to the reinforcement of Bragg; and his design is now to hide the fact, under a guise of a belligerent attitude, until the truth leaks out from a heavy battle in the Southwest, and then if Meade should advance his fortifications would serve him to check sufficiently long to make good his retreat until under the protecting shield of the fortifications of Richmond. Winter coming on would be to him then a strong ally. Election frauds in Ohio. A telegram from Hamilton, Ohio, dated October 29th, says revelations regarding the great majorities recently given to Borough are daily coming to light: A Methodist minister was arrested here last week upon charge of Illegal voting. He was brought up before the Mayor to-day for trial, and was bound over in the sum of five hundred dollars to appear at the next session of the Court of Common Pleas. The most gigantic frauds have been perpetrated in Ohio during the recent election.--Highland county alone gives Borough (Lincolnite) a m
e drawn from the shelter of his star forts and rifle pits by a flank movement, and by that alone. We feel satisfied that one of two events will take place before a great while; either Bragg will flank Grant, or Grant will flank Bragg. Heaven defend Georgia and the South from the last, and God speed the advance of the Army of Tennessee into the land of wool and grain and comfortable winter quarters. The correspondent of the Atlanta Intelligencer writes from camp before Chattanooga, October 29, as follows: A division of the enemy, escorting about one hundred wagons of supplies and a number of ambulances, came up from Stevenson yesterday, by the way of Jasper, and crossed to this side of Kelly's Ferry, ten miles below Lookout, coming up Lookout Valley to Brown's Ferry, three miles below Chattanooga, where they have just finished a pontoon bridge. After a skirmish with our picket, (two regiments,) our men fell back, and the train succeeded in passing — the wagons crossing a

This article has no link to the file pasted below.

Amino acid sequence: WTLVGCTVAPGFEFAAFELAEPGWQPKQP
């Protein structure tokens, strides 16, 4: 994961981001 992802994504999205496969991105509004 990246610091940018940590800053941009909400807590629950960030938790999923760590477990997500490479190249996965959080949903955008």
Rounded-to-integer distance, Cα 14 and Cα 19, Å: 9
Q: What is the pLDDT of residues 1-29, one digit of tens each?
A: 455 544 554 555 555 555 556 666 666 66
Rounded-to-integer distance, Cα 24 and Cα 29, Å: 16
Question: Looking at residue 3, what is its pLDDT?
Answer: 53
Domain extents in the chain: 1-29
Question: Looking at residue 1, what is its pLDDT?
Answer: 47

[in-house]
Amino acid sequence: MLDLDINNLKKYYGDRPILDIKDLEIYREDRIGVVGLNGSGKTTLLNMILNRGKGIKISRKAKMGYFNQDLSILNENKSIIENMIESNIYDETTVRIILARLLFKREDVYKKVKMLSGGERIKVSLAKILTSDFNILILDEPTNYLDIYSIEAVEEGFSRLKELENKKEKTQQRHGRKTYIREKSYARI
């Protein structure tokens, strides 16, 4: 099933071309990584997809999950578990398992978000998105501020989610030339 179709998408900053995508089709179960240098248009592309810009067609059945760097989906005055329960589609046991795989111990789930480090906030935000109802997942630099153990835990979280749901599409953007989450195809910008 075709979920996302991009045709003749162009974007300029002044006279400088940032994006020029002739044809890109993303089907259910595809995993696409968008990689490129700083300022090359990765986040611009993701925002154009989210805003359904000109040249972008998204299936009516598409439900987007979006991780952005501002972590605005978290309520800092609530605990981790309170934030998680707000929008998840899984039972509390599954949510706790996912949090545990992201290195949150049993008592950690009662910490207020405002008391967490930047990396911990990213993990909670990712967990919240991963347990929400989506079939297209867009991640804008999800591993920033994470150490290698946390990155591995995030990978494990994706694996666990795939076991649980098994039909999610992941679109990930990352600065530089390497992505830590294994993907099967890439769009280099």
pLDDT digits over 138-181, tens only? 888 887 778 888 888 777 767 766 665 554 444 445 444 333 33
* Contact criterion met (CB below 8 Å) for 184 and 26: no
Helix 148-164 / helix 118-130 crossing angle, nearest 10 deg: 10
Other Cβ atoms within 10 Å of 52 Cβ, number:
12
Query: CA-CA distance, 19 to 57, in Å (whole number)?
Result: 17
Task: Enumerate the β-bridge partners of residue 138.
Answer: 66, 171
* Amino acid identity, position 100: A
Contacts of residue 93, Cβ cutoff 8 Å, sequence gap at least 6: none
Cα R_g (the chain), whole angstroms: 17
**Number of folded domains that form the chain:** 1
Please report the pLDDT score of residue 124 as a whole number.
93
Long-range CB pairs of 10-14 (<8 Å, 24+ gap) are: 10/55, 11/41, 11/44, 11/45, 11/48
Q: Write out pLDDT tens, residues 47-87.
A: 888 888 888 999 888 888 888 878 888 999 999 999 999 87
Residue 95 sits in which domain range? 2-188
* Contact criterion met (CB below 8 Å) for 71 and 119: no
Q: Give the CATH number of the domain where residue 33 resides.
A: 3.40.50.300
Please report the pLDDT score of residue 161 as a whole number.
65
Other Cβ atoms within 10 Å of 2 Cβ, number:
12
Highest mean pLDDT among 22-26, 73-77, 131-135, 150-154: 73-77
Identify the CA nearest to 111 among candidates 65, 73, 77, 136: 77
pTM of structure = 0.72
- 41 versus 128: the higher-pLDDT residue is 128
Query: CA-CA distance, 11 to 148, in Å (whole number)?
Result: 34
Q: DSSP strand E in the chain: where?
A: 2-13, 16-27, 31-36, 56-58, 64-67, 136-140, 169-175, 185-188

A Victory in Missouri. Mobile, October 29. --A special dispatch to the Advertiser and Register, from Senatobia. October 25th, says the St. Louis Republican of the 24th contains a dispatch to General Craig from Major McDynald. He had just reached the railroad from a trip four miles into Richmond county, Kansas. A battle had been fought between the Kansas troops, under Blount, and the Confederates, under Price, on the 19th. Blount was defeated, with the loss of nearly all of his artillery. After, the battle, Price marched into Lexington, and at last accounts was crossing a portion of his forces to the north side of the river. The Republican contains the following: "Kansas City, October 22. "I have been pressed all day. This afternoon the enemy passed around my right flank, when I gave him heavy blows for several hours. I have heard firing to the east, and have just received a message from Pleasanton, who is fighting on the other side. [Signed] S. A. Cu